Yes, the new age of extreme participation is a challenge for brand managers. No, you haven't lost control.
The notion that you can manage your brand by making and distributing messages and materials that you want "out there" is becoming quaint.
Rather, now, monologues need to be replaced by dialogues; formal market research needs to be paired with attentive listening; "advice" is offered round the clock; participation in social media is now table stakes; and customers and prospects who have always trusted friends to help them make decisions often have a huge network they can carry around with them to consult.
What you plan and execute from headquarters can be either reinforced or undermined by what you don't plan and execute. Transparency is no longer an elective. And anyone can create a brouhaha (some 6.6 million people viewed the YouTube video of United Airlines' mishandling of Dave Carroll's guitar, and many more people know the story); or, conversely, anyone can give you a "brand gift"—the same incident viewed from Carroll's brand-view.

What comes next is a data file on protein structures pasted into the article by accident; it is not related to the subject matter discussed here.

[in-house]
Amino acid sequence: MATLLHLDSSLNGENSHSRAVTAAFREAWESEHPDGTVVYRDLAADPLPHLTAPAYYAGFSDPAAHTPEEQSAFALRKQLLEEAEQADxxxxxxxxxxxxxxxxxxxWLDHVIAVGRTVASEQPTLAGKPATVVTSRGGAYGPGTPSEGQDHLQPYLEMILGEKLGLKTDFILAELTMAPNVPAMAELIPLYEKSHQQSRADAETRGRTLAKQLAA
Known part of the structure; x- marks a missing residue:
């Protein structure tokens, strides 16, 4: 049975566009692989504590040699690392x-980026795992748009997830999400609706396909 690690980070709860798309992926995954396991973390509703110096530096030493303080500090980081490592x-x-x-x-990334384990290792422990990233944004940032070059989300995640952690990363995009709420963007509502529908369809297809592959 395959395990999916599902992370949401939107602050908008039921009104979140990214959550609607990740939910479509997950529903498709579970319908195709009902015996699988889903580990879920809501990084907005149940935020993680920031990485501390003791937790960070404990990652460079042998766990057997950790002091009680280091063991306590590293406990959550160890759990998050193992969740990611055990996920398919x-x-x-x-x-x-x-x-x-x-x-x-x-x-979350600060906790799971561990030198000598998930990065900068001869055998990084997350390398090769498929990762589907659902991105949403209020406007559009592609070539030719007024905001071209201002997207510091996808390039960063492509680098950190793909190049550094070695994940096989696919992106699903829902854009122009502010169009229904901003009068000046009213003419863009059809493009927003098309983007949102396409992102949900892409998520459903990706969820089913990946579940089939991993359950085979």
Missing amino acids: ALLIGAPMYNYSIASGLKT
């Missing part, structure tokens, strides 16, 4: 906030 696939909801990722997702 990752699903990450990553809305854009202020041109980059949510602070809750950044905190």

Your brand is now clearly owned by your constituents (though that has always been true)—and you're the brand steward. What's in their heads and hearts—what they've internalized and what they expect and express—is your brand.
Being the brand steward, with some but not all the levers within reach, has many brand "managers" wringing their hands: "We've lost control; we're at the mercy of—well, everyone!"
Not quite. While certainly some control is ceded in our new participatory environment, it is given in exchange for (potentially) much more engaged constituencies; for the possibility of having a huge (unpaid) corps of advocates; for data and learning that can advance your enterprise.
And you—brand manager—can control more than you think of this new, shared enterprise. Furthermore, you can influence what you can't control.
Take the first step (it's free).
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- Marketing With 'A-Peel': Savannah Bananas Owner Jesse Cole on Marketing Smarts [Podcast]
- Branding and Design Are Inseparable: The Why, The How, and Two Examples